‘Cattlemen’ is not gender specific
Views have been put forward about a name change for the Saskatchewan Cattlemen’s Association, so I, as a cattle owner, am going to weigh in on the discussion. I attended the annual “Zoom” meeting of the SCA and as such here are my views.
Gender neutral job titles may be debatable as to whether a title is gender-specific or not.
Most people in the livestock industry use the term cattlemen as generic rather than that of a masculine term. Cattlemen is a term used throughout the ages as men and women who are stewards of cattle operations.
Cattle most certainly is a gender neutral term and many masculine forms can in fact serve as “gender neutral” terms. The term chairman of a meeting is one such example, appearing to denote male but is also applied to female. Many such terms are used as such: actor, author, poet, comedian, usher, nurse and even midwife.
Ranchers, farmers or producers can be referred to as cattlemen. The words rancheress, farmeress or produceress are somewhat cumbersome.
Names are identity and the names of rancher, farmer, producer, and cattlemen all depict caretakers of the land and livestock, regardless of gender.
We now ranch and farm on the land that my grandparents on both sides of my pedigree homesteaded. I am very proud and appreciative of the strength and endurance of my grandmothers, who both raised seven children — not an easy task in those days — as well as shared the workload of land and livestock and were proud to be labelled cattlemen.
The English language evolved through most of its history in a male-centred patriarchal society. It entails language grammar that requires nouns to be placed in one of several classes, often including feminine and masculine terms combined.
Nouns for persons are not always constrained to be inherently masculine or feminine, and the production of totally gender-neutral titles may be adequately used.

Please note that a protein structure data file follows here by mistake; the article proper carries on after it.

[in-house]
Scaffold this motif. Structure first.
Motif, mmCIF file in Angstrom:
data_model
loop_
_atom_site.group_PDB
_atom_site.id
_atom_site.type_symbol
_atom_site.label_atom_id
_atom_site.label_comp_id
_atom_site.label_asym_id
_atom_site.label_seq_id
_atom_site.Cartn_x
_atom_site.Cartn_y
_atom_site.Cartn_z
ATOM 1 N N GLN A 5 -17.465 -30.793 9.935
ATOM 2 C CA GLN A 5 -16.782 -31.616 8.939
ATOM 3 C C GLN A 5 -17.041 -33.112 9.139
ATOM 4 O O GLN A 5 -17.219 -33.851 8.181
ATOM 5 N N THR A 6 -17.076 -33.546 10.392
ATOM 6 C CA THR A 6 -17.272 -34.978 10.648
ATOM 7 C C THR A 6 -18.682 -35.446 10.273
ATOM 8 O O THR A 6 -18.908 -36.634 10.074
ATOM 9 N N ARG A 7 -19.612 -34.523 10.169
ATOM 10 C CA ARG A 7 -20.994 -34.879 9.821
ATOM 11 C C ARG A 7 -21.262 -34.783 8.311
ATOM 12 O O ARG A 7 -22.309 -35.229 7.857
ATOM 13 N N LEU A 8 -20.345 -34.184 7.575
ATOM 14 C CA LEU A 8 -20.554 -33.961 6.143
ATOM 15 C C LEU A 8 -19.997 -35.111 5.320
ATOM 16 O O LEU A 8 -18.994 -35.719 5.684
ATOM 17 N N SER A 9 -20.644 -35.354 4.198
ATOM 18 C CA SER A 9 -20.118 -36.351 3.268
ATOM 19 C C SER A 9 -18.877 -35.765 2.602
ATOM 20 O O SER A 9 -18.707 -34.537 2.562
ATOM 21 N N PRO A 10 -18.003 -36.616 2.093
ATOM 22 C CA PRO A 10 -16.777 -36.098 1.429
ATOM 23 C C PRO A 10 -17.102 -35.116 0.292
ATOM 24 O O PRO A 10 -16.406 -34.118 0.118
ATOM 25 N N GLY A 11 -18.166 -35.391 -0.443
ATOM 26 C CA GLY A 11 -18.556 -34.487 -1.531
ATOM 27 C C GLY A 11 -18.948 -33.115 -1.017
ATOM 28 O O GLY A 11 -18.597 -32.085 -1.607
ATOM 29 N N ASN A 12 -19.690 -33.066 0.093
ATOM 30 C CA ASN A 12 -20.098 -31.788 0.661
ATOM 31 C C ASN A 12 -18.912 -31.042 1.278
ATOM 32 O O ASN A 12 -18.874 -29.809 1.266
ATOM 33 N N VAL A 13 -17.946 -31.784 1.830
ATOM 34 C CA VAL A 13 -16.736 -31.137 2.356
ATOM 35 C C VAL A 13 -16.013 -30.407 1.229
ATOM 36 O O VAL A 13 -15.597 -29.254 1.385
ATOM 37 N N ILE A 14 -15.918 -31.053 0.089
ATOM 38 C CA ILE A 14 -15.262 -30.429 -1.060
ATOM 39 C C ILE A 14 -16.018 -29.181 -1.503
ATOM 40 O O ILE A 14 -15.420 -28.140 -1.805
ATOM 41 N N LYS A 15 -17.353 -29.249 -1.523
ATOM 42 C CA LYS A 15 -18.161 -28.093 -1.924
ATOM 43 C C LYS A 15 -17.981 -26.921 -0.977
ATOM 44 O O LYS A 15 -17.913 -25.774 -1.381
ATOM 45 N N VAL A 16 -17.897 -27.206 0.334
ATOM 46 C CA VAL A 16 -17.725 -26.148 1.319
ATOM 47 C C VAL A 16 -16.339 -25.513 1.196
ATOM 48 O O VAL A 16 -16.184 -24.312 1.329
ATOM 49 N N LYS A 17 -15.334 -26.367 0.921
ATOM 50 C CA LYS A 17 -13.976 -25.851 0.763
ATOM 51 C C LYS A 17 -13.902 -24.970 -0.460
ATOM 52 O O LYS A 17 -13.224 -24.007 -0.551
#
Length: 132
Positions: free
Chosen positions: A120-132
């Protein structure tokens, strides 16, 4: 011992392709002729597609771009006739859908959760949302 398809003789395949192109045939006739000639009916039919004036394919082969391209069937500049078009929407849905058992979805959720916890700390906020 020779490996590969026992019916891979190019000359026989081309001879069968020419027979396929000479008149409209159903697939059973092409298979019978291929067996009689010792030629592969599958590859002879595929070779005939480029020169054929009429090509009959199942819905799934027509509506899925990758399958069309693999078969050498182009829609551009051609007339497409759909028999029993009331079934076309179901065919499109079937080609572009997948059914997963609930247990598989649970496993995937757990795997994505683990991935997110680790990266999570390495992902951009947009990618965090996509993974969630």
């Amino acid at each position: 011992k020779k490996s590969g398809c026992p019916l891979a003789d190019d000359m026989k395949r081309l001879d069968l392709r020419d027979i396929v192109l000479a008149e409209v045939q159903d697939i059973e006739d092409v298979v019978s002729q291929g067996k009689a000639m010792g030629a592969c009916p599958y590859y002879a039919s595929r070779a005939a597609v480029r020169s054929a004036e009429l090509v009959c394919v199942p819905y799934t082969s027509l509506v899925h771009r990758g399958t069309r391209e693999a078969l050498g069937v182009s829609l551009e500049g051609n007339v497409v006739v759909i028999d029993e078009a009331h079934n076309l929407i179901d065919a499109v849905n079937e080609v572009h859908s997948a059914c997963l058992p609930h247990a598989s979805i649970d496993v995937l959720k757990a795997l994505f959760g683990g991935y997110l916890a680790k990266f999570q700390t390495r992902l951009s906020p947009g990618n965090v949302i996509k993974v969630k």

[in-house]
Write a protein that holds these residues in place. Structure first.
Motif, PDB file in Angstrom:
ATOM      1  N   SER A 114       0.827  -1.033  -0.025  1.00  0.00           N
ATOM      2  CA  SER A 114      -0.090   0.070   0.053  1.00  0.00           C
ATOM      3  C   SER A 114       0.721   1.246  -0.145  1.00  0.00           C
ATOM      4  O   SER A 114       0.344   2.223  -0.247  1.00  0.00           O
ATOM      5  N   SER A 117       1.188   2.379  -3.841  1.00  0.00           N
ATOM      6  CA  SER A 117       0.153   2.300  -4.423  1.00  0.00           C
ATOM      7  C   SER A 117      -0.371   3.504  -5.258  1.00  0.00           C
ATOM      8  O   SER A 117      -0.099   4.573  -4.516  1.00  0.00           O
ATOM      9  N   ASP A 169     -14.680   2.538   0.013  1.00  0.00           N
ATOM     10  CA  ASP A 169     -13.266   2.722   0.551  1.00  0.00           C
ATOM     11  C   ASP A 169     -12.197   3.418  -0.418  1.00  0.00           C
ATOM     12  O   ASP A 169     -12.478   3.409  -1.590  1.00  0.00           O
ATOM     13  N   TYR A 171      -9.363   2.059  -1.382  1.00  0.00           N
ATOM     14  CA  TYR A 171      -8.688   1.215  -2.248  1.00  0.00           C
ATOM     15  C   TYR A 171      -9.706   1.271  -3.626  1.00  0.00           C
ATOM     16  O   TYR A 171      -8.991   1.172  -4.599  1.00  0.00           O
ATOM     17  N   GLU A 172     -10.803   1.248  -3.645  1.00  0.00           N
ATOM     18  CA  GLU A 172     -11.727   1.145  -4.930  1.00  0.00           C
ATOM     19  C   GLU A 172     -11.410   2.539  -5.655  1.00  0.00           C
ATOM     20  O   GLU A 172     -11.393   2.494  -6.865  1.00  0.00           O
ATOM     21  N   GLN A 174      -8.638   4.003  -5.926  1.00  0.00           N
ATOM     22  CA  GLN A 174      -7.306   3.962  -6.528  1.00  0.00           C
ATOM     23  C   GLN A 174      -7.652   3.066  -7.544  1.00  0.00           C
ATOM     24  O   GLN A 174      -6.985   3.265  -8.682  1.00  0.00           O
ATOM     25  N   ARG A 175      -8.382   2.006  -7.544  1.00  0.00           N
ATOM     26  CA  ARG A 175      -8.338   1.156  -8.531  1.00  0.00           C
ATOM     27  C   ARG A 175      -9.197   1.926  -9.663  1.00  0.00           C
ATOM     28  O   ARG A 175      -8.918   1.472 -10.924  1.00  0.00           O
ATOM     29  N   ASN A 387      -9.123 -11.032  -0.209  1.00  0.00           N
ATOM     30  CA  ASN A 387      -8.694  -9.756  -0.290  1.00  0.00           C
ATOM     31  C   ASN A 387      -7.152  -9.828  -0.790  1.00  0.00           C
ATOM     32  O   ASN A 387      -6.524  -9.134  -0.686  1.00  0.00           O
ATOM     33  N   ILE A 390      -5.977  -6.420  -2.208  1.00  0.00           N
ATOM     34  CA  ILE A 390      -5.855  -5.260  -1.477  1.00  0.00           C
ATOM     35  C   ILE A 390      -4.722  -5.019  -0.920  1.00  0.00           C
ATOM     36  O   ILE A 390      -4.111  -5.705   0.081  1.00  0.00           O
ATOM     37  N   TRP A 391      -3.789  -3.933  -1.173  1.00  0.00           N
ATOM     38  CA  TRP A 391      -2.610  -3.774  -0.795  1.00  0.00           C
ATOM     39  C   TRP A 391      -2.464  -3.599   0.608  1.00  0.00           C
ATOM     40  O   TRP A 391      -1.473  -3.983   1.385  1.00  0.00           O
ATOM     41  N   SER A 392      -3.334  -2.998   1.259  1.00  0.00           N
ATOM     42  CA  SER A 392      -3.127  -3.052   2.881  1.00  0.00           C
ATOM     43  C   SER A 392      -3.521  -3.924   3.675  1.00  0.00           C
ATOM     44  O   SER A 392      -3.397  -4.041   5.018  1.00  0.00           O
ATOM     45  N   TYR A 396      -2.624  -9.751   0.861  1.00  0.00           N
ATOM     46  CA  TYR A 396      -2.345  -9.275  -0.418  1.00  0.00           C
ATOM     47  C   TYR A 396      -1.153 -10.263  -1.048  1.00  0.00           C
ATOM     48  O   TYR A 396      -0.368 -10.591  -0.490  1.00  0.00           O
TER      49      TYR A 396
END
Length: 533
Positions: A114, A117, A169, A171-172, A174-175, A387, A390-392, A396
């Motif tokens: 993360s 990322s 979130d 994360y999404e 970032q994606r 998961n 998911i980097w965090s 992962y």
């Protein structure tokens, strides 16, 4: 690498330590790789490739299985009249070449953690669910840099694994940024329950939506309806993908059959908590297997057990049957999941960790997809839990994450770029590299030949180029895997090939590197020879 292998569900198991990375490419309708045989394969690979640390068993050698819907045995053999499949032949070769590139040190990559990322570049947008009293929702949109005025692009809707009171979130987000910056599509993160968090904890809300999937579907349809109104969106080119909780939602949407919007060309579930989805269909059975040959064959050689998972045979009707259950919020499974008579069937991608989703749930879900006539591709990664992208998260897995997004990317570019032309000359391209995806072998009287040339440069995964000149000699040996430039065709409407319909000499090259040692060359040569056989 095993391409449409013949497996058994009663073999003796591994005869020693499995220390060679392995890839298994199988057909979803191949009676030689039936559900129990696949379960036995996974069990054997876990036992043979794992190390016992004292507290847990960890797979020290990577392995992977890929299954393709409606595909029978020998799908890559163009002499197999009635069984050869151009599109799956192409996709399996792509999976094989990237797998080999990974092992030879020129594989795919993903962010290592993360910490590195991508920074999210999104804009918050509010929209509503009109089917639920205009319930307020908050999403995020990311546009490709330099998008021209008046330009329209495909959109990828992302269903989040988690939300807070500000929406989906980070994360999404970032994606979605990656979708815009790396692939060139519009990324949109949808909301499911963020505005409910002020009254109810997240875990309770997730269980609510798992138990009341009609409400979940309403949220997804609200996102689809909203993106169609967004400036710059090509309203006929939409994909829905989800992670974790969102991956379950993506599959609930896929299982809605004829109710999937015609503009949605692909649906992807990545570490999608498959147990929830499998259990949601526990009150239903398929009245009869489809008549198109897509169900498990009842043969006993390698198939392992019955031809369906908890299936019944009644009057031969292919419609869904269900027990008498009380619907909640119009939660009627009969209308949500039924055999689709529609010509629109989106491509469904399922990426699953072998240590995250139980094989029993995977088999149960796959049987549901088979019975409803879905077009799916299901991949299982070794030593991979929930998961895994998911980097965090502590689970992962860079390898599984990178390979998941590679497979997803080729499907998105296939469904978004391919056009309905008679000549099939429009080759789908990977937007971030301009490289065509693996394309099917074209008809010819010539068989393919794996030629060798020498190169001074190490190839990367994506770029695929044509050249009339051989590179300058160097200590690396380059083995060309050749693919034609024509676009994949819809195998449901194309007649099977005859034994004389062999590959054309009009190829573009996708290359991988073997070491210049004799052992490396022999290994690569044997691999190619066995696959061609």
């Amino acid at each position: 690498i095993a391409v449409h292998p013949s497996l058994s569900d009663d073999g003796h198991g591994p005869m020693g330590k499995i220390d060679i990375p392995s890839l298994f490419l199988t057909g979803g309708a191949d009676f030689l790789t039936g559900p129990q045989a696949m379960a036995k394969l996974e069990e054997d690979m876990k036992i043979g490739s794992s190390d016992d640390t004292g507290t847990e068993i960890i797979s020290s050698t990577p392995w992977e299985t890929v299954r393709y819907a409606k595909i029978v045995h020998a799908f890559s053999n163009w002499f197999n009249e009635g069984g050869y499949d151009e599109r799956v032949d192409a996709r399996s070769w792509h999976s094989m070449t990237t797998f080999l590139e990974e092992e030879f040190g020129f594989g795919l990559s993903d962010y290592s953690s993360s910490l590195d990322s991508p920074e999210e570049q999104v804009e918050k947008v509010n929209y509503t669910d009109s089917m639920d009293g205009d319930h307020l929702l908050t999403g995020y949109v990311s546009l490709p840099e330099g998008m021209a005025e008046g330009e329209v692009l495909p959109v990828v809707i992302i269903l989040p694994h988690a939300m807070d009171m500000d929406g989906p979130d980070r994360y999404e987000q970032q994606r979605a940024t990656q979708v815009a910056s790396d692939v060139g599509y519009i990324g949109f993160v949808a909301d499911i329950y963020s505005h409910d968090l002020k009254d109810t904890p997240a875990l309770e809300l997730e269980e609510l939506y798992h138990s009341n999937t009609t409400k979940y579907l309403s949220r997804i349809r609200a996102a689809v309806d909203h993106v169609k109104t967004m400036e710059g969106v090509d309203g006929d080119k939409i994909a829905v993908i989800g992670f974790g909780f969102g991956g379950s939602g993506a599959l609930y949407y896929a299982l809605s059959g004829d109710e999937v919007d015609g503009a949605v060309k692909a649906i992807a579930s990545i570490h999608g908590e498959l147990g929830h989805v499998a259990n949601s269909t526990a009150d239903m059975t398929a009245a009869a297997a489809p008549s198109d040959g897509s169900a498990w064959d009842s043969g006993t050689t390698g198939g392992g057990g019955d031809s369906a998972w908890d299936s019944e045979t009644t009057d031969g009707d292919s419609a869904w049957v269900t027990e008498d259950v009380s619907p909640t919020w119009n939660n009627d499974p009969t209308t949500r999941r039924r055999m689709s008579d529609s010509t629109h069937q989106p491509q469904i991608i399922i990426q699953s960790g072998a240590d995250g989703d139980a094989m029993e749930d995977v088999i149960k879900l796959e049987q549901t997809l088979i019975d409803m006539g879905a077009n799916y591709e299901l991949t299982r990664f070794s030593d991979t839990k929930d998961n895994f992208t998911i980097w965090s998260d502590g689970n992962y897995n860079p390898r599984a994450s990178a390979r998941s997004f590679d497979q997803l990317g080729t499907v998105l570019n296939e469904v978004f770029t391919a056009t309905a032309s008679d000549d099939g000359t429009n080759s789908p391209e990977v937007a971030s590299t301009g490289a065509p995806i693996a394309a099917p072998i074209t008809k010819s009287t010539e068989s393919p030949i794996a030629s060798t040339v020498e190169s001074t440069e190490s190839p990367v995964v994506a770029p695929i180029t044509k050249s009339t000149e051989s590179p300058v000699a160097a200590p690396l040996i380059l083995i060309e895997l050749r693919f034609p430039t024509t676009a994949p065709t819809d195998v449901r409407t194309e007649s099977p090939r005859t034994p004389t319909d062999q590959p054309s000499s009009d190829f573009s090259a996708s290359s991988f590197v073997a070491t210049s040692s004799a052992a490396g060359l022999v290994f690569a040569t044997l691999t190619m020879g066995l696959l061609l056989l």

Many examples can readily be cited: penmanship, marksmanship, showmanship, horsemanship. Some of the best horsemen and showmen in the industry in my opinion are in fact women.
The human race is referred to as mankind. Many articles are manmade, referring to being made by humans instead of by nature — notice the word human, not huwoman. Other examples are manhunt, manpower, manhandle, manslaughter, man eater — all related to both male and female genders.
Before all this trivia is washed down a manhole — heaven forbid this word is changed — we should reconsider how cattlemen themselves would prefer to be identified. Some people will never be pleased, so as an association we must please ourselves.
The idea of a name change was brought forward and maybe will be brought forward again. Cattlemen selling cattle in Saskatchewan pay a check-off fee to be administered by the SCA. So if you pay this fee and it is retained by the SCA for administration, you are eligible to vote on recommendations brought forward by its members. This, my friends, is called democracy.
Swift Current, Sask.
Politicians must speak for the people
There are certain benefits to those who hold memberships. An important part of membership in any company or organization is to both participate in the development and reap the rewards of plans that have been put into place.
Right now, a small number of Albertans hold a very important membership in an organization that has the ability to dramatically shape the future of our province.
Perhaps it is the old Wildrose background that formed my political upbringing. Maybe it is the hope of something more for the province I love and call home. It could also be the heavy weight of disappointment that I have pressing down on my optimism for a stronger Alberta.
I was led to believe that democracy was for the people and by the people, that there was a healthy pride and conviction in having grassroots governance for Alberta.
I look out over the prairies, hills, valleys and mountain ranges and question where that conviction of grassroots democracy has disappeared to. I do not see it taking form in our elected officials, who are to speak with our voice, not the voice of partisanship.
I am not seeing that democracy taking any steps forward when I listen to speeches, directives, shifting sand policy and make-you-forget feel-good announcements. There seems to be a lack of deep soul-searching within the elected UCP to reflect on the reasons each one claimed to campaign on. Was it to truly represent those to whom your seat is indebted?
All these questions and wondering brings me back to the benefits that I have as a member of an organization, an organization that claims that our leaders, elected by the membership, need to listen. Ignore us at your own peril.
Has the time come to take back our own voices, to challenge those who claim to rule and govern over Alberta? Membership has its benefits still, and perilous times could be coming for those who have ignored the masses for too long.
Is Alberta stranded? I ask you, does membership have its privileges? The time has come for a leadership review.